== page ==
PETALING JAYA: A defence expert has backed Foreign Minister Saifuddin Abdullah’s call for an expansion of Malaysia’s naval fleet in the South China Sea, saying the country’s defences need to keep up with China’s.
Aruna Gopinath, a former lecturer at the National Defence University, told FMT she would disagree with any suggestion that such an expansion meant militarisation of the South China Sea and a contradiction of the government’s new foreign policy framework.
The framework calls for the non-militarisation of the South China Sea and for the region to be a space of “peace, friendship and trade”.
Aruna said upgrades to naval vessels and other assets did not mean the government would not uphold the non-militarisation policy.
However, she added, “No country wants a conflict to occur first and to attend to any need after it might be too late. Saifuddin’s assessment is acceptable.”
During a recent question-and-answer session in the Dewan Rakyat, Saifuddin said Malaysia needed to be prepared to face any conflict in the region between major powers.
“We would not want it to happen, but our assets need be upgraded so we are able to better manage our waters,” he said.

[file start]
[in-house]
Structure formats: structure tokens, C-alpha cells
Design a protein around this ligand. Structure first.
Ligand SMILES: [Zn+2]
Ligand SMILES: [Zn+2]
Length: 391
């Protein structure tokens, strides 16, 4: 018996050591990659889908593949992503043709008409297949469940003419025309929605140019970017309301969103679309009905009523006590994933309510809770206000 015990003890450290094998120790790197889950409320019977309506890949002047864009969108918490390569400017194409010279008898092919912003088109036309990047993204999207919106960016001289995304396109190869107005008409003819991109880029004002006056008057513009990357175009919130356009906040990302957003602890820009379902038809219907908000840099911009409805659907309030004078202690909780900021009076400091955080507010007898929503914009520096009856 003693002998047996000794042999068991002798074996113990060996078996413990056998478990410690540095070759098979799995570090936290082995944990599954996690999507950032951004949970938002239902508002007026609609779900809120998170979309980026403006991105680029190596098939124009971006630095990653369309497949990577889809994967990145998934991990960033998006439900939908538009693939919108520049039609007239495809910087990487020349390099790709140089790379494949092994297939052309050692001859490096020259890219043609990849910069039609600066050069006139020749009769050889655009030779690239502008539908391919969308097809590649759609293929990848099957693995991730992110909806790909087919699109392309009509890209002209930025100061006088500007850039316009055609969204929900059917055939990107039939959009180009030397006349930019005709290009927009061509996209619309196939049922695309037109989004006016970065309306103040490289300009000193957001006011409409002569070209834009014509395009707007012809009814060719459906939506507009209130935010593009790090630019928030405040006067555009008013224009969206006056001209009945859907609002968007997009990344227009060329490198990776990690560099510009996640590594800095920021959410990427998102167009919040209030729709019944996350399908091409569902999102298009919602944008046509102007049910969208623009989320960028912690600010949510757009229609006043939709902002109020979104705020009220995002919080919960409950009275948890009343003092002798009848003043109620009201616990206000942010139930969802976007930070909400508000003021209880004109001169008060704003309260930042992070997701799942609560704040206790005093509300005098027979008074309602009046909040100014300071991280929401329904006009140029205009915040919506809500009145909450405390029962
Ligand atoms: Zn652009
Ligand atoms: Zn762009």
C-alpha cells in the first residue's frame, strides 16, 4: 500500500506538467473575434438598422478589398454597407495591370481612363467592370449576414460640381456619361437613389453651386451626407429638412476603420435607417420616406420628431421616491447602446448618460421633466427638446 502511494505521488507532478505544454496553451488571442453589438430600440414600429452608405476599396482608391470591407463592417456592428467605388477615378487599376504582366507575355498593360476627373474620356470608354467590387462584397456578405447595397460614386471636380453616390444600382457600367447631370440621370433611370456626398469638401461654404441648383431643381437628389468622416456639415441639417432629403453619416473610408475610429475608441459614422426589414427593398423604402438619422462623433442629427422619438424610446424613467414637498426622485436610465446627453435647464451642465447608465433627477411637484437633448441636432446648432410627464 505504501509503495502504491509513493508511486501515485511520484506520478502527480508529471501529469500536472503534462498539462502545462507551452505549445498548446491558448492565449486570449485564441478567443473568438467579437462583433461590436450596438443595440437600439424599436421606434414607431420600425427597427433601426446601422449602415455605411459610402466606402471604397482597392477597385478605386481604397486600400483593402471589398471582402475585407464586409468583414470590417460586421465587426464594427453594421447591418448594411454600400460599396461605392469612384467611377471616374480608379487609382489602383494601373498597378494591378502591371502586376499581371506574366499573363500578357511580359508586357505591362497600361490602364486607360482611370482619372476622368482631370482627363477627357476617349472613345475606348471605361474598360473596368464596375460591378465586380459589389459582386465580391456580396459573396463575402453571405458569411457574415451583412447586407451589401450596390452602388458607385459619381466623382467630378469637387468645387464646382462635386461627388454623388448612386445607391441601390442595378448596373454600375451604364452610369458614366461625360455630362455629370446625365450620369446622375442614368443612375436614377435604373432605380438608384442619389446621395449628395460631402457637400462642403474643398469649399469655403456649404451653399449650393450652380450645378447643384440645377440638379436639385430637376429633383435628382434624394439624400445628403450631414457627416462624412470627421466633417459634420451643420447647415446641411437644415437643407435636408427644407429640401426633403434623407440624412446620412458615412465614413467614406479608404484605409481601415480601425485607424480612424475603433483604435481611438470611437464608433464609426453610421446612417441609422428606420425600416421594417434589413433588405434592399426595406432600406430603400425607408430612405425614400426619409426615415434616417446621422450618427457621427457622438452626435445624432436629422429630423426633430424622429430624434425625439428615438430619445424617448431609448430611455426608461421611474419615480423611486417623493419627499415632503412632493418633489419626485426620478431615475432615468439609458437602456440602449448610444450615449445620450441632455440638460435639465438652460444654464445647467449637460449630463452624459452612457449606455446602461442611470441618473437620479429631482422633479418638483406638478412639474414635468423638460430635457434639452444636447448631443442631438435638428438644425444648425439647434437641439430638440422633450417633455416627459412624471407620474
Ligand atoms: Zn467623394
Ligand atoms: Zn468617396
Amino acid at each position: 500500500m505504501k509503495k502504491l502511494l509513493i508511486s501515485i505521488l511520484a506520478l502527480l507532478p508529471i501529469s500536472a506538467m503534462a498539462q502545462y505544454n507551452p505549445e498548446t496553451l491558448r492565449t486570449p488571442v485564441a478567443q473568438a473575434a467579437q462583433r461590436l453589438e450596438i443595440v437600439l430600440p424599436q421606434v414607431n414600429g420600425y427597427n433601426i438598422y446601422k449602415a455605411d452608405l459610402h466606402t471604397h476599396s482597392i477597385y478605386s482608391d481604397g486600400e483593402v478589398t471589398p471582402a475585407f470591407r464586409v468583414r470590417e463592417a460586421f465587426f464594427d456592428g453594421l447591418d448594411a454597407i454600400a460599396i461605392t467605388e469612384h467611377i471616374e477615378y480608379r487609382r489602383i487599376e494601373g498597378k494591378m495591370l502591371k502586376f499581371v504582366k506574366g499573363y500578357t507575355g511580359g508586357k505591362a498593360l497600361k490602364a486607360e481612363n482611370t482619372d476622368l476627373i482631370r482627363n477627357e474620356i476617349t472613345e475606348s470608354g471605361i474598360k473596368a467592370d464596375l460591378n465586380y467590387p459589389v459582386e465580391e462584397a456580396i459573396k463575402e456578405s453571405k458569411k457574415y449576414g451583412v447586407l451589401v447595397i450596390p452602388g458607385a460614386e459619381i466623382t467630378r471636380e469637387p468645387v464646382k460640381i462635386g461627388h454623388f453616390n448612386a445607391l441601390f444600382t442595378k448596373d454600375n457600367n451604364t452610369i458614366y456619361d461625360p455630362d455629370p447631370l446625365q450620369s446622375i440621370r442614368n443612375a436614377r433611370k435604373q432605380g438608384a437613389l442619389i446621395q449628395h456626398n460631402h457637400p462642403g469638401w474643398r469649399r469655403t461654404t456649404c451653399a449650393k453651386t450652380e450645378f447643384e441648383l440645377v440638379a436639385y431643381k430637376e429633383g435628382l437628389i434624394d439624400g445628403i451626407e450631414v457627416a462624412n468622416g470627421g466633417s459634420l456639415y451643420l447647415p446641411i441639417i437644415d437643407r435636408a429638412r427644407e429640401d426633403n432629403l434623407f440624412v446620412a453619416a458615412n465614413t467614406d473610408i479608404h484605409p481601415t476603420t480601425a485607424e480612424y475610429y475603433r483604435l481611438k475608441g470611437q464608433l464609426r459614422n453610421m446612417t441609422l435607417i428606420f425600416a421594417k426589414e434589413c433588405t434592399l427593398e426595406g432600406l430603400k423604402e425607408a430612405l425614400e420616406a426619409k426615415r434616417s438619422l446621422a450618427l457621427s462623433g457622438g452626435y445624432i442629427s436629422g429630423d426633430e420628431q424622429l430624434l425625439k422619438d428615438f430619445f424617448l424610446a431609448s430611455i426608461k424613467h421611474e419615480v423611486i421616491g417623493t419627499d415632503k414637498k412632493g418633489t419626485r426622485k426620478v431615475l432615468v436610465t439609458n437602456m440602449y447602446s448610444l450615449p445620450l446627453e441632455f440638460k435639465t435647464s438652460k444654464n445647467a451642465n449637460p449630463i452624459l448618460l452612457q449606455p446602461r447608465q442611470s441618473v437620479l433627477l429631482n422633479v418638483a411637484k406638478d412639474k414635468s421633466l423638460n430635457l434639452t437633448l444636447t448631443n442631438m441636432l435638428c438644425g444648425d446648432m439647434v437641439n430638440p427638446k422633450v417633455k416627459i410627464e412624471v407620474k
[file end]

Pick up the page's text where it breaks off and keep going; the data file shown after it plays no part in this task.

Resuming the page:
He disclosed that Malaysia had placed boats to safeguard its waters but said they were fewer and smaller than those belonging to other countries.
He also said Chinese and US warships came as near as 50km from Malaysian territorial waters last year.
Malaysia would like to carry out closer monitoring, he added.
Aruna said Malaysia should prepare for any possibility of hostility from China, but added that any naval expansion would be futile without state-of-the-art facilities on the ships, such as facilities for the take-off and landing of planes.
She said Malaysian warships should be on par with those of other Southeast Asian countries, noting that nations such as Indonesia and Vietnam had bigger fleets with better facilities.
She added that human resources must also be well-equipped with the latest skills and knowledge.
She also called for the joining of forces among Asean countries in the South China Sea.
“We need to have a kind of consensus that we will work together in the region to prevent anything from any other country – say US or China – from coming into our waters,” she said.
She added that she believed there would be no serious disputes in the region if every country “knows its boundaries and limitations”.
Malaysia claims 12 territorial areas in the Spratly archipelago. These claims are all rejected by China.